Marking yet another step in the evolution of American dining (for better or worse), Howard Johnson closed one of their last two restaurants last week. One less place to get fried clam strips, shrimp in a basket and other menu staples that nourished baby boomers and leave the chain near extinction.
The closing of the Bangor, Maine, location left only one Howard Johnson restaurant, located in Lake George, New York. Those orange-roofed roadside eateries which numbered well over 800 at one point are now barely a footnote in the on-premise conversation.
For anyone younger than 40, living in a country with seemingly endless choices for predictable if not necessarily exciting food available at all hours while travelling, it will be hard to understand how much HoJo meant at one time. Before a series of missteps and bad decisions, Howard Johnson took restaurant franchises to a new level. The New England-based restaurant chain predated the Howard Johnson hotels that still exist as part of the Wyndham Worldwide hotelier, but have no association with the once-mighty restaurant franchise.
Howard Deering Johnson started the business in 1925, when he inherited a soda fountain near Boston. That evolved into a chain of restaurants that featured comfort food and, notably, 28 flavors of ice cream, a big selling point for families touring the American highways in the 1960s. The orange roofs and blue spires represented a dependable place for travelers to park the family car, grab a meal, and spend the night.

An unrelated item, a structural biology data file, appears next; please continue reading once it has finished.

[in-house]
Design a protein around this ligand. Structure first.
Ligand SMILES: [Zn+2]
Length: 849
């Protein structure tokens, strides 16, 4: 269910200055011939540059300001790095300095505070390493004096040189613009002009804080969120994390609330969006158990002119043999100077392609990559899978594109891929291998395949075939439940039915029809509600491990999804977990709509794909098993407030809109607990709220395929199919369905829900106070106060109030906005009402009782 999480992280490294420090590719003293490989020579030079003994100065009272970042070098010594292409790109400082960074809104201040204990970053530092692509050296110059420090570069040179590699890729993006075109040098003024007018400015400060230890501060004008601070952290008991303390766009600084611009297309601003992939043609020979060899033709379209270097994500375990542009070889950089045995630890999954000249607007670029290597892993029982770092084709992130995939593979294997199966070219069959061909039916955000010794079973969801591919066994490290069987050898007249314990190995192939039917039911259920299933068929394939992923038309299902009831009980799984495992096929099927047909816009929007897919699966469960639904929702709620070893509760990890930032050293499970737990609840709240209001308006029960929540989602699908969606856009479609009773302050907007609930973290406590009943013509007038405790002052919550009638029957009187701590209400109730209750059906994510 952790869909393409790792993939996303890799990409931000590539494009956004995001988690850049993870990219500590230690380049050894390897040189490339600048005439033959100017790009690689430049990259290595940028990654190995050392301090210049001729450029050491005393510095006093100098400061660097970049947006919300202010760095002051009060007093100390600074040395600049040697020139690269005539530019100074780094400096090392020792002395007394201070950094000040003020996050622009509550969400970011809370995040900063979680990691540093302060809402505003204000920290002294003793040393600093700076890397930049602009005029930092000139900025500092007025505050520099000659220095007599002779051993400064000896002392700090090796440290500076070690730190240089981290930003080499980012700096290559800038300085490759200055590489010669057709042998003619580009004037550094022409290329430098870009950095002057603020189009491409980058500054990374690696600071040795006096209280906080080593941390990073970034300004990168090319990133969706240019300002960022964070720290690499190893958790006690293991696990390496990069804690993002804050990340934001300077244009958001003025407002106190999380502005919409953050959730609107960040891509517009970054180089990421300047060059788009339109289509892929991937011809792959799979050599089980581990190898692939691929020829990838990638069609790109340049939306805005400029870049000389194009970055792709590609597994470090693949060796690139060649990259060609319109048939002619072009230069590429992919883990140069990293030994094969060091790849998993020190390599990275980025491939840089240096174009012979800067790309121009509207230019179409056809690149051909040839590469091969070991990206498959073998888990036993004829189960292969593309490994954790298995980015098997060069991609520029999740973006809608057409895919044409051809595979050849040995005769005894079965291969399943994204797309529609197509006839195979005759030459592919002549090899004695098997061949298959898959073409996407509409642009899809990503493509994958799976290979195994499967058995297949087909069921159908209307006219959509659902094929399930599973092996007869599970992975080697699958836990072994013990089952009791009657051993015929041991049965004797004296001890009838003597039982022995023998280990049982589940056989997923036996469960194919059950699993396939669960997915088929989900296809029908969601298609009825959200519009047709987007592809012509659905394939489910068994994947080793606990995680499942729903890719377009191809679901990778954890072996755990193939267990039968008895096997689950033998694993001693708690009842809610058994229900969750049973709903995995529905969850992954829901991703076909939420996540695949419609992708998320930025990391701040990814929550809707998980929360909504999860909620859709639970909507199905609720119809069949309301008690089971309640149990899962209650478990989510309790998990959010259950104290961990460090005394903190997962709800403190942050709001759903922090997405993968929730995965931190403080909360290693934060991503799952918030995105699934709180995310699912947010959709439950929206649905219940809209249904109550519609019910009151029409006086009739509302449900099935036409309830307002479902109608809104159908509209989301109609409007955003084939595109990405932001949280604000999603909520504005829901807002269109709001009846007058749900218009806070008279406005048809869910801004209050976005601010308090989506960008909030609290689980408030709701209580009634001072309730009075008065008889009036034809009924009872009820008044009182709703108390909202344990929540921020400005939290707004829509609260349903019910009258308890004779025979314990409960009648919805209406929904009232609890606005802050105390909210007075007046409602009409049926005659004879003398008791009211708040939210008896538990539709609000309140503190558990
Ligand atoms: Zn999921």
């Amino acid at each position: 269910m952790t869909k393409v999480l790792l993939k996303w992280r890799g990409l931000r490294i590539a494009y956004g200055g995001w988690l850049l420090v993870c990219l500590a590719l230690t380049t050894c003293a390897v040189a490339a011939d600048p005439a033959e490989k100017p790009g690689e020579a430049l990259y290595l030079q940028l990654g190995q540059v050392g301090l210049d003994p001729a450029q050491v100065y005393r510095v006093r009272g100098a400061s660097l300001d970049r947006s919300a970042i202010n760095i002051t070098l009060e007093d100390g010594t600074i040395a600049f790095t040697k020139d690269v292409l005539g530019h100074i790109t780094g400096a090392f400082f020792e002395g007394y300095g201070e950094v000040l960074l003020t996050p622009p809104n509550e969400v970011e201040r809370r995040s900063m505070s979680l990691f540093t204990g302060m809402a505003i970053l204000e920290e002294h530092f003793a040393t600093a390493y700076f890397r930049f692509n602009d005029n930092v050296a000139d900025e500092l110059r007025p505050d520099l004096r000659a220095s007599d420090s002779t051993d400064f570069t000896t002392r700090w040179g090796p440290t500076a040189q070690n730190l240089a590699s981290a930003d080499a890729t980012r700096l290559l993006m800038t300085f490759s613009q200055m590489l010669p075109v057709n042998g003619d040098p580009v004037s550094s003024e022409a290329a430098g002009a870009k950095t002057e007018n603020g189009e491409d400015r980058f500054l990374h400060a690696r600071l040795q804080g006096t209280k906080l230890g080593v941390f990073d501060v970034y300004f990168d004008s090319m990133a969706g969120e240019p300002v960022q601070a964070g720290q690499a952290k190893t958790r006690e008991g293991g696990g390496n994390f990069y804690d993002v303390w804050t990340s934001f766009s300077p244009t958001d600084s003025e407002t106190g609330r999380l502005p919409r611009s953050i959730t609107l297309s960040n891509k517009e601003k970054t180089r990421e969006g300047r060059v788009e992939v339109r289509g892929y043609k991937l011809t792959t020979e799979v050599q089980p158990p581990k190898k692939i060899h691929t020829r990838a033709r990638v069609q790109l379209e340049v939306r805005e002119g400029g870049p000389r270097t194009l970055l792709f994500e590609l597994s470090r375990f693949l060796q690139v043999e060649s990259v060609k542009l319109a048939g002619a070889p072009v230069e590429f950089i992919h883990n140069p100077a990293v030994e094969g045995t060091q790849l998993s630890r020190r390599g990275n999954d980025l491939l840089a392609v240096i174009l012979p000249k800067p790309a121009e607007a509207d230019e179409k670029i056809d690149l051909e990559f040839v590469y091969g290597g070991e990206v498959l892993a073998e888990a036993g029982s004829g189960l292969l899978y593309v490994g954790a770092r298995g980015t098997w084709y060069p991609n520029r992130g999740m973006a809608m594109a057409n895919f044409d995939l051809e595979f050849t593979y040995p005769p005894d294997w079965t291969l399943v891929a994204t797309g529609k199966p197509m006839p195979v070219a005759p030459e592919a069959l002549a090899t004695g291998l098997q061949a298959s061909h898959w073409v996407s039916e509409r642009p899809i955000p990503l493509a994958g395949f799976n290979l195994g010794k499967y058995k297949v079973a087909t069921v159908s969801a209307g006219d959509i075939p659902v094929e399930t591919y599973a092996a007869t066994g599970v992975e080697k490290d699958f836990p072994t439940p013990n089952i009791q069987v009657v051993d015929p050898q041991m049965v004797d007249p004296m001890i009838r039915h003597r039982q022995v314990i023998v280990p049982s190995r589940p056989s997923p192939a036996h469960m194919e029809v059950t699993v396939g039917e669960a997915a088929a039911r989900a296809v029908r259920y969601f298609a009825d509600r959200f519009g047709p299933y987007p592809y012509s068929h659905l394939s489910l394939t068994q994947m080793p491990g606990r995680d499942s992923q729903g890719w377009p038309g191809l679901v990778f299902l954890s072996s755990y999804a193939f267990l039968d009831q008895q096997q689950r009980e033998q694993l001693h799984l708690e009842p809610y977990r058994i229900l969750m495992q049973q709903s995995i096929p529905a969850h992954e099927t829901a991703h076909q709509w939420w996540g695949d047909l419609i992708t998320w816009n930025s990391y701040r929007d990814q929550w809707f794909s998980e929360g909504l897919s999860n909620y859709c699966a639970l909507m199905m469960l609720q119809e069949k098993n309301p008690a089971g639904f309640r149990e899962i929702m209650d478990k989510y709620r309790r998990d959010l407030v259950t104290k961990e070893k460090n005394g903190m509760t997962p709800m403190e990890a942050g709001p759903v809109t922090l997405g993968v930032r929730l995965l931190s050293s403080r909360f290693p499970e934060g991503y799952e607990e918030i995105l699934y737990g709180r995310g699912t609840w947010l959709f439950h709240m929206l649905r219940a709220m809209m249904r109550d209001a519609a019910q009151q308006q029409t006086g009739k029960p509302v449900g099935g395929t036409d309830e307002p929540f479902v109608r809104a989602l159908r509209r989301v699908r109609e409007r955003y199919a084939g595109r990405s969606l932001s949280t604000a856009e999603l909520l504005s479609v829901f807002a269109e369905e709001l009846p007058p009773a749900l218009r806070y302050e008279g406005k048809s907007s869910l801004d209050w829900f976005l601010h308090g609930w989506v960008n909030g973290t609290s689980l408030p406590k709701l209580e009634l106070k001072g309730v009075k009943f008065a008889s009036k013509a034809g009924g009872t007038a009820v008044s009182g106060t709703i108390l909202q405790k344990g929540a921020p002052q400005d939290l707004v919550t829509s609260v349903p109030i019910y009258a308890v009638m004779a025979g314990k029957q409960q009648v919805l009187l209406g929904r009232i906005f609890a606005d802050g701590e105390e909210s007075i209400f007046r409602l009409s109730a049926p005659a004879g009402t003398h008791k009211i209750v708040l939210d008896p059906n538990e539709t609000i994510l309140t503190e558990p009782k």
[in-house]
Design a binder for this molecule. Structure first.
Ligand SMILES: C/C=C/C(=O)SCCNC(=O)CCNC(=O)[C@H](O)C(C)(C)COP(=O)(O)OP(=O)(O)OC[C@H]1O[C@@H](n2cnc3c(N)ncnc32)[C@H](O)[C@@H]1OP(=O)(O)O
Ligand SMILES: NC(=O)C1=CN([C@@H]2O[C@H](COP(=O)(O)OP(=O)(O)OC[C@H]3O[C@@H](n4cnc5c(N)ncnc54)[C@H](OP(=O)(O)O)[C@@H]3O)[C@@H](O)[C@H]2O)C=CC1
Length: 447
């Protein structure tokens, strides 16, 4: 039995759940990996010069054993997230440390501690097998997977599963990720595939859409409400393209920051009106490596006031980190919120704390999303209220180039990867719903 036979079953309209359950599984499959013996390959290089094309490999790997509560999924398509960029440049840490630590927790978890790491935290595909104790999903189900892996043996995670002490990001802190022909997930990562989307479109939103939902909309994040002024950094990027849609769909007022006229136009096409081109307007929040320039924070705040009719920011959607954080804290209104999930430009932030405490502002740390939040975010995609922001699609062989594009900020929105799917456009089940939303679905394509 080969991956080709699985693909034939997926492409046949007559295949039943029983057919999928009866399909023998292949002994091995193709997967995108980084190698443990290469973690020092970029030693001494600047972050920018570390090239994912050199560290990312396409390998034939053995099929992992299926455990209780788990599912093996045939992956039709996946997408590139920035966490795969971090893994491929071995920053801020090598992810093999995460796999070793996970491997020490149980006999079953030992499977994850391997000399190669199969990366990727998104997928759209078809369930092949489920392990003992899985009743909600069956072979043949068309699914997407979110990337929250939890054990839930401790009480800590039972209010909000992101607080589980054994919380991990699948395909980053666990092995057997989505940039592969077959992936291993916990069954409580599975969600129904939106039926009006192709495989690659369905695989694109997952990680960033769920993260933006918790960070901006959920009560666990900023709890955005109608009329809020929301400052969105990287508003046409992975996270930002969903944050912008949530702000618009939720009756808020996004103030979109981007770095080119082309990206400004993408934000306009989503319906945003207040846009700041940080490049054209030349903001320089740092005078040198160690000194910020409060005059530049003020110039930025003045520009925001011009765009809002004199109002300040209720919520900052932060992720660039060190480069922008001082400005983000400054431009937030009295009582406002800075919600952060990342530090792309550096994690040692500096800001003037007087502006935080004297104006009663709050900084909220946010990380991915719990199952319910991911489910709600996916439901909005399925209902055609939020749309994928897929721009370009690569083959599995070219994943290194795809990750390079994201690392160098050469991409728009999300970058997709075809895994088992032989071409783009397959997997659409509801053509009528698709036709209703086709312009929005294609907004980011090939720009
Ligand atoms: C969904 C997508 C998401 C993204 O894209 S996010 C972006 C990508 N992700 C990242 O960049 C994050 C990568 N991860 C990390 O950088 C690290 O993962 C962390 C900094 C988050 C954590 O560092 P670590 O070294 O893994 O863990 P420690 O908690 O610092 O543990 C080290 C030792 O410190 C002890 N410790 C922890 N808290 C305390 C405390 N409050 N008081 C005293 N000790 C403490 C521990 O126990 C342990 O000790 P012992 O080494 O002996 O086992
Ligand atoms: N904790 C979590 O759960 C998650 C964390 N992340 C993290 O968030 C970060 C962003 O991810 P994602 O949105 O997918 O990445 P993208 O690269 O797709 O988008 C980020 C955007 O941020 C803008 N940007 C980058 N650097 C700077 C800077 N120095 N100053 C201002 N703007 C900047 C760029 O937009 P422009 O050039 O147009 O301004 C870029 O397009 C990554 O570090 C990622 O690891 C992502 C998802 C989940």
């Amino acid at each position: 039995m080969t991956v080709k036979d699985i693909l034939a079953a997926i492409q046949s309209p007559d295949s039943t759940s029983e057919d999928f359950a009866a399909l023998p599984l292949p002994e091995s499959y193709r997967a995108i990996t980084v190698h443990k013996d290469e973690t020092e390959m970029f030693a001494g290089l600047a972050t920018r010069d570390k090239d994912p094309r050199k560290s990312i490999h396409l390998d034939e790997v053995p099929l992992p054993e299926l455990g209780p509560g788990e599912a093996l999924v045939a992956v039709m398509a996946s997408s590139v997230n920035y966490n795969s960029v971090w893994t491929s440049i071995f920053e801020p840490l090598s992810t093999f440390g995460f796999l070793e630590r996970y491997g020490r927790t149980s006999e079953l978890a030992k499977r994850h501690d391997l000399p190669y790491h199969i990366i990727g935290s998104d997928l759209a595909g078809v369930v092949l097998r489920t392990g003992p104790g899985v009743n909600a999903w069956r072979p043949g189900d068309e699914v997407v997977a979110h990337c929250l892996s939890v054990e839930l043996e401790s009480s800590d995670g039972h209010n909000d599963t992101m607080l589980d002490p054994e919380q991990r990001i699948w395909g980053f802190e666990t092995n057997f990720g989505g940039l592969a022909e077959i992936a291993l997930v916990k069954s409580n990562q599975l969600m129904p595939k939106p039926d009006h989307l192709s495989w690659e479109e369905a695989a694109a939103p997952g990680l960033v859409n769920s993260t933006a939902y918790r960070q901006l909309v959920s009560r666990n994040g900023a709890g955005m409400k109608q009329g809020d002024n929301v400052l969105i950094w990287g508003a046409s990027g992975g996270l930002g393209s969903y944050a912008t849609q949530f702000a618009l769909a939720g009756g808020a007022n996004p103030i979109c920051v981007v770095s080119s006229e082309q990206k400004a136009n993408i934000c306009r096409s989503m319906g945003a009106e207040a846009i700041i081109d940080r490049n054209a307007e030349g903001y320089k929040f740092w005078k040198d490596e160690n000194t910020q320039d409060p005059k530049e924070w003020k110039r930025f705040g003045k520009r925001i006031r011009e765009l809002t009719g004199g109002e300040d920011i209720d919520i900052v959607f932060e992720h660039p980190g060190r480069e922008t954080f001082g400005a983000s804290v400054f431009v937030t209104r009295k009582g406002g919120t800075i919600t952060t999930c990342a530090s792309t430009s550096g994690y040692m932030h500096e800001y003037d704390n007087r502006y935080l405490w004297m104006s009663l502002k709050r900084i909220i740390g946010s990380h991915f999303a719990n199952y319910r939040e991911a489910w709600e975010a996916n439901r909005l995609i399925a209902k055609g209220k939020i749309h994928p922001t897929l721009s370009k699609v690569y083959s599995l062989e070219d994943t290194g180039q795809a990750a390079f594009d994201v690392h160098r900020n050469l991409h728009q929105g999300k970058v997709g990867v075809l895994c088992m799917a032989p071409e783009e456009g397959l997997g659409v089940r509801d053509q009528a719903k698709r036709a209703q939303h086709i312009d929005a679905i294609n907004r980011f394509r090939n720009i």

The iconic Times Square location in New York finally closed in the mid-2000s, marking a slow disappearance of the association between dining and drinking and that once-iconic brand name, despite fond memories of road trip stops at the peaked-roof restaurants. Other locations soon closed, and now, the brand which pioneered the use of fine dining chefs to create dishes for a large chain (Jacques Pépin spent a number of years there innovating and improving their fare), is on its last unit.
Recently, numerous chain restaurants have started shuttering stores in order to reorganize their fiscal viability. But once it starts, the closure of 25, 45, 80, 100 units rarely stops. HoJo’s effectively died when its leader died and a number of owners not in synch with their customers started making wholesale changes, often the wrong ones that didn’t suit their current customer base nor changing American dining and drinking trends.
Too many bad choices ruined the chain that ruled the country, and it’s a cautionary tale to anyone in charge of dining and drinking at any of the chains that are now wrestling with shifting economic and demographic changes. Keep in touch with what your customers really want or end up like HoJo: merely a piece of American nostalgia.